to your friends from camp who you're not going to
see again for a long time.

Speaker 2 (18:58):
Yeah, I mean it's kind of like that was is.
You're not going to see thea again. You'll see different ones,
but you're gonna have to wait a bit. Anyway, I
wanted to read a couple of examples of Japanese poetry
concerning cicadas in translation, of course. This first one is
by Japanese edo poet Matsuo Basho, and it just goes
as follows, the cry of the cicada gives us no

(19:21):
sign that presently they will die straight into the point.
I like it, you know, And again it is one
of the interesting things about like there, and in a
way it's inspiring. Right they are living life to the
absolute fullest.

Speaker 3 (19:33):
They are.

Speaker 2 (19:34):
They are going about it, but they do not have
lung in which to do it.

Speaker 3 (19:38):
Yolo, as they say.

Speaker 2 (19:40):
Yeah, here's another one. This one is apparently by eighteenth
century samurai poet Yo Koi Yayu. And this one I
got off of the website Tofu Gou dot com in
an article titled the Cicada's Song Japan's Summer Soundtrack from
twenty fourteen. It contains multiple examples of this sort of thing.
But I always say, and by this particular example that

(20:01):
goes as follows. Again, the Japanese word semi is is
what this means. Cicada methinks that SIMI sits and sings
by his former body, chanting the funeral service over his
own dead self. WHOA yeah, which is great because it
brings to mind, you know, the of course, the emergence,

(20:25):
the shedding of the old skin, the nearness of its demise,
but also like the richness of its sound, that you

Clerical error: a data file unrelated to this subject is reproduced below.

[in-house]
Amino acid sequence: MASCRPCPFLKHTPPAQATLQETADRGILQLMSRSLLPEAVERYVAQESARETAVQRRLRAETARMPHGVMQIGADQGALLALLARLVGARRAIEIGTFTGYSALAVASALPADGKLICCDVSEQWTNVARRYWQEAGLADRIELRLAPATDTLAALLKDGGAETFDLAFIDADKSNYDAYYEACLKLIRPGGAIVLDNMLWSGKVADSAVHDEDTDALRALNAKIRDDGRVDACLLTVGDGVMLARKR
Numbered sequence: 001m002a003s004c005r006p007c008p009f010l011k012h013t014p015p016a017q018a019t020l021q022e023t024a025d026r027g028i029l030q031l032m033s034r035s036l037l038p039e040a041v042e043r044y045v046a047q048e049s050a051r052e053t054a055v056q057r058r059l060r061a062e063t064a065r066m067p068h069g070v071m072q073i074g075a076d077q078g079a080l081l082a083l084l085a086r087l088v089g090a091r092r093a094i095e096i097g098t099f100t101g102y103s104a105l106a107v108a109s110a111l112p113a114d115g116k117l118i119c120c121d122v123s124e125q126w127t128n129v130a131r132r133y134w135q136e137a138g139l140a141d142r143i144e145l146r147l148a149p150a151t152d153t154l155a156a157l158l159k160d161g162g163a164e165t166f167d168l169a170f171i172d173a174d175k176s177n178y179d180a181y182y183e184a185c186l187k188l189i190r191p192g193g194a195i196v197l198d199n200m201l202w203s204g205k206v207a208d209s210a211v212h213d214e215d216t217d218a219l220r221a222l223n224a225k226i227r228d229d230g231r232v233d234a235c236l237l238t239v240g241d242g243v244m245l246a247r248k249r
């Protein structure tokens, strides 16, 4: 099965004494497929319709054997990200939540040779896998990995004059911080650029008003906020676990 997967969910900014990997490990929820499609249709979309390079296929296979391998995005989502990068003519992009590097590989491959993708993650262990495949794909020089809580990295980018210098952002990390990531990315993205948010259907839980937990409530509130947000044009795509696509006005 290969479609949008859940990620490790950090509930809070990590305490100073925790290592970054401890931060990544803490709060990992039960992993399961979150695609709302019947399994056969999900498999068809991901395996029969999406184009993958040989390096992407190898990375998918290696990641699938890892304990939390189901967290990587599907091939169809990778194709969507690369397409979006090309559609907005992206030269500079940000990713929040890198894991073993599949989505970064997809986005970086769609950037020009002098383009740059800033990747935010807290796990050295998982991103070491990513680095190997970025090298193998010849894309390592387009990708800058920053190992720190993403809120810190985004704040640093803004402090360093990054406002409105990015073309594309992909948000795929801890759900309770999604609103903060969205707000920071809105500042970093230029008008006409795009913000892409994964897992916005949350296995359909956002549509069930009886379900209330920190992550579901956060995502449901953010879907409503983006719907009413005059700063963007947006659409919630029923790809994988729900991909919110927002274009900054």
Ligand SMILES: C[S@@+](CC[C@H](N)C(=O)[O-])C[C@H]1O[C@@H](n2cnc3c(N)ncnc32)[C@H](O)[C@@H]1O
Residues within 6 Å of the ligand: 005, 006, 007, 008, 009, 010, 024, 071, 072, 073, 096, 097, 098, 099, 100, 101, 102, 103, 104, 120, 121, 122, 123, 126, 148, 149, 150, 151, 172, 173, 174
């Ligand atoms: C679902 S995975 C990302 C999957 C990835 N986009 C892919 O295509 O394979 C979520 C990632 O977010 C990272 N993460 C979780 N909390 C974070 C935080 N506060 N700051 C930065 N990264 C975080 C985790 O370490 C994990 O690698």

could associate with various emotions and in this case, like
think of it as kind of a funeral dirge. Yeah,
I like this one. And there are other examples too,
particularly in this article, you know, where it's like there's

(20:45):
it's not so much a contemplation of the cicada's sorrow
or you know, it's forthcoming demise, but using it as
a metaphor using it alongside considerations of more you know,
human centric feelings of say, heart break and so forth.

Speaker 3 (21:01):
Oh well, that connects to something I'm going to get
into in a few minutes here, because there are more
tragic use of the cicada as an image of tragedy
to come.

Speaker 2 (21:10):
All right, Well, I'd love to hear other examples of
Japanese literature and you know, in cinnamon and pop culture
that invoked the cicada. I think I'm going to be
extra alert for it now, engaging with Japanese cinema and
so forth. Another idea I ran across. And first of all,
I should point out that that Japanese traditions also inherit

(21:30):
some various Chinese ideas about cicadas. You know, some of